Rainbow Media’s VOOM HD Networks efficiently manages its HD storage
VOOM HD Networks, a subsidiary of Rainbow Media, provides movies on five of its 15 channels throughout the day, which led to the network finding itself overwhelmed by the task of managing the HD content storage playing out nearly 150 HD movies.
VOOM HD’s channels include movies, sports, music, travel, fashion, the arts, cartoons and news. Each of these HD video files is about three times the size of equivalent SD programs. Rainbow Media had established a data tape-based playout model for SD assets used by its national networks, but the faster operation of the data tape drives compared to the network’s server systems resulted in bottlenecks at the server. The network wanted to approach HD content management from a new angle.
To manage effi cient storage of the network’s significant library of large HD files, the network turned to Front Porch Digital’s DIVArchive. The storage system enables interoperability between large digital media storage devices, video servers, editing systems and digital media workfl ow applications, simplifying the process of preserving, managing and accessing content.
The network had two main objectives: to ensure that all the VOOM content could easily be transferred in and out of nearline storage faster than real time, and, in the process, to maximize effi cient use of the data tape technology being used.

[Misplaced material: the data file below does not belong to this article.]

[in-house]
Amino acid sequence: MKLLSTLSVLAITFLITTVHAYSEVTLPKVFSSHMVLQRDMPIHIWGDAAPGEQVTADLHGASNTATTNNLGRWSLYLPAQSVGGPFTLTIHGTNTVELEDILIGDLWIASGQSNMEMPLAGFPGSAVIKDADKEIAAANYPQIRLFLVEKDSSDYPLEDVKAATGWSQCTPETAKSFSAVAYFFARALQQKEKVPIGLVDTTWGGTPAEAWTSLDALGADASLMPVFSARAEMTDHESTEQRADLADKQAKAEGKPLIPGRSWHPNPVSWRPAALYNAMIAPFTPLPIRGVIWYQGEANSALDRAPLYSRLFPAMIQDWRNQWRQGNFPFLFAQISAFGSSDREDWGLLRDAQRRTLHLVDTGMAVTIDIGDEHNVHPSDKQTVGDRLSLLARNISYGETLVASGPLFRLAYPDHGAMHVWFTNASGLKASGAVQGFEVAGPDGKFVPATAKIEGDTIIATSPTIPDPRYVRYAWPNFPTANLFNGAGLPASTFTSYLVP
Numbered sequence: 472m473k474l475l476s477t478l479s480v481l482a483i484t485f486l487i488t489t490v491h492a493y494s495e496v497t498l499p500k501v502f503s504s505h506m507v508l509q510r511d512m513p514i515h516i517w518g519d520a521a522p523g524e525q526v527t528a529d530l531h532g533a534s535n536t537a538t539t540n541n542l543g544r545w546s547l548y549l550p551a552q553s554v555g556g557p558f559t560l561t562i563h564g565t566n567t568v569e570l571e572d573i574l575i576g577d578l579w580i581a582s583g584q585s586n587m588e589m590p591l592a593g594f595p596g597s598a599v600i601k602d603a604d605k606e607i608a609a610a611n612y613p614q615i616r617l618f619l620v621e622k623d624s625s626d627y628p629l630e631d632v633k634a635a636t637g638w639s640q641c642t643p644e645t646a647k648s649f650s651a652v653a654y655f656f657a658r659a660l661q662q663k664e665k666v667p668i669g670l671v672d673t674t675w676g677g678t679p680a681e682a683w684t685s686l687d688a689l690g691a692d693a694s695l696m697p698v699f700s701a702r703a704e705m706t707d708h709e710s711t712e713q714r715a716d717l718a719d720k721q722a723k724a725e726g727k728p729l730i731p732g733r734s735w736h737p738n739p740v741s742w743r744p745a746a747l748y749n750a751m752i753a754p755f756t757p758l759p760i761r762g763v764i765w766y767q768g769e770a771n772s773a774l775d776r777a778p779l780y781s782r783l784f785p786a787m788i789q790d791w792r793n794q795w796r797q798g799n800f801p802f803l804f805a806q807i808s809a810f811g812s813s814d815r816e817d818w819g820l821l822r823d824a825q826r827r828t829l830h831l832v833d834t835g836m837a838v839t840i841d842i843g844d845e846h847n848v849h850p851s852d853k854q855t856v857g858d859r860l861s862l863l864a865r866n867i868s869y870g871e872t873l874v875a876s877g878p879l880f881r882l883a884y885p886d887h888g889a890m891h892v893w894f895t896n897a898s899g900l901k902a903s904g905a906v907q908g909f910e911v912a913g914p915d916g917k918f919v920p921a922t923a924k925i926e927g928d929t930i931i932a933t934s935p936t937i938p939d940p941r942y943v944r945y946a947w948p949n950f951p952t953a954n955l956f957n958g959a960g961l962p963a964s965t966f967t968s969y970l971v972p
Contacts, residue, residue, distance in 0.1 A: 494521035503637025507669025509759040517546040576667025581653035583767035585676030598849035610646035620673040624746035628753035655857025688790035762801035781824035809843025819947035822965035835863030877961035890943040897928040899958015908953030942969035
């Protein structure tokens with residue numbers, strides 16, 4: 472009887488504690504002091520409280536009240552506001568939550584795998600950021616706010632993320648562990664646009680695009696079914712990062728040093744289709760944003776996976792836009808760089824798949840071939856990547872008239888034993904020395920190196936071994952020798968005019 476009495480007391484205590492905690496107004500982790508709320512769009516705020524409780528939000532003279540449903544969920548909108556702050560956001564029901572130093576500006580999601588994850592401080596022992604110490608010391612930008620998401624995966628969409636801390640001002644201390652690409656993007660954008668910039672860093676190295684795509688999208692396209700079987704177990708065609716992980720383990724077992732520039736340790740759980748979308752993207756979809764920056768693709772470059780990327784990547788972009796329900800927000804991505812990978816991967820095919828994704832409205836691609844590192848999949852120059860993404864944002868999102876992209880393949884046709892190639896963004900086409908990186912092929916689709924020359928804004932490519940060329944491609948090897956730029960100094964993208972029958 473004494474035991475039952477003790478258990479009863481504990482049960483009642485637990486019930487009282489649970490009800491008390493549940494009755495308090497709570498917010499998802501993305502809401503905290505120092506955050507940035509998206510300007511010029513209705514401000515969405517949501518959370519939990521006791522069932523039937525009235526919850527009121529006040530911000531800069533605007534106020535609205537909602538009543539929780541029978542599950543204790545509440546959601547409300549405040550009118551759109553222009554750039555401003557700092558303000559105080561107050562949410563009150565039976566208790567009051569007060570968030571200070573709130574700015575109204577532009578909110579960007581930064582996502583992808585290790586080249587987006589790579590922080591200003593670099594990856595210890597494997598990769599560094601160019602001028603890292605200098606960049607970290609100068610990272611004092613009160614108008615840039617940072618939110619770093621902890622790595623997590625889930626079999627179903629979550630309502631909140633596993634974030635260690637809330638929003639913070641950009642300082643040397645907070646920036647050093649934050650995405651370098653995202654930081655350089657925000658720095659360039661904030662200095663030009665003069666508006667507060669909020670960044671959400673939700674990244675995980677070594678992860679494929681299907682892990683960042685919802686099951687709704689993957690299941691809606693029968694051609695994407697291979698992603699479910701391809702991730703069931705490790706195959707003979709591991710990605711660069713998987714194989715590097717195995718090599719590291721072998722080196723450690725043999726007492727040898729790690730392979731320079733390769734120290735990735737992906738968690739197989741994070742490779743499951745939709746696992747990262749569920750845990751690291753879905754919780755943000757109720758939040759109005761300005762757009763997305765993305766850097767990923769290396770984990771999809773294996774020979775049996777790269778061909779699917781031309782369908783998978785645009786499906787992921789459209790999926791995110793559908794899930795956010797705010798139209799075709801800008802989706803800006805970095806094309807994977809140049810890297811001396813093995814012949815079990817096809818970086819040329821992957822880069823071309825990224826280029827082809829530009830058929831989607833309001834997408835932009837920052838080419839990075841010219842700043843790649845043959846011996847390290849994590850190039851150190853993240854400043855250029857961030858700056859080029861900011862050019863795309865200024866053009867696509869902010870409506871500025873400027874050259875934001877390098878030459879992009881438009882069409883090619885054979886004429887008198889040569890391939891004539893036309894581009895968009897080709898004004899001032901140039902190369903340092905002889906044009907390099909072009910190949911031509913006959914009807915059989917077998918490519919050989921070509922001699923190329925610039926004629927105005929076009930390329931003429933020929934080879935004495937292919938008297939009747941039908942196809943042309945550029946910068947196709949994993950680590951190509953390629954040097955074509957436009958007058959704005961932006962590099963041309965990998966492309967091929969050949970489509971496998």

In order to achieve these objectives, a twotier storage layer was incorporated into the design under the management and control of DIVArchive. The fi rst tier uses 20TB of Nexsan ATABeast FC disk storage, and the second tier uses an ADIC Scalar 10K library with seven IBM LTO tape drives. The DIVArchive Storage Plan Manager policy engine controls all of the network’s content throughout its lifecycle and stores it on the appropriate devices based on performance and cost.
The network now stores any new HD content on the disk system for 30 days, then transfers the media to data tape and stores it in a scalable data tape library. The timeframe corresponds with the time a particular HD video file remains among current movie offerings. As a result, the content most in demand can be accessed quickly by the facility’s Harris ADC automation system and Grass Valley Profile MAN video servers for playout. As content ages, it is stored in a more cost-effective, long-term archive.
Today, two separate DIVArchive systems are in operation. One handles the facility’s SD archives and the other handles HD assets. As the network continues to refine its use of the system for HD archiving, it will take advantage of the disaster recovery capability and the expandable 300TB data tape library.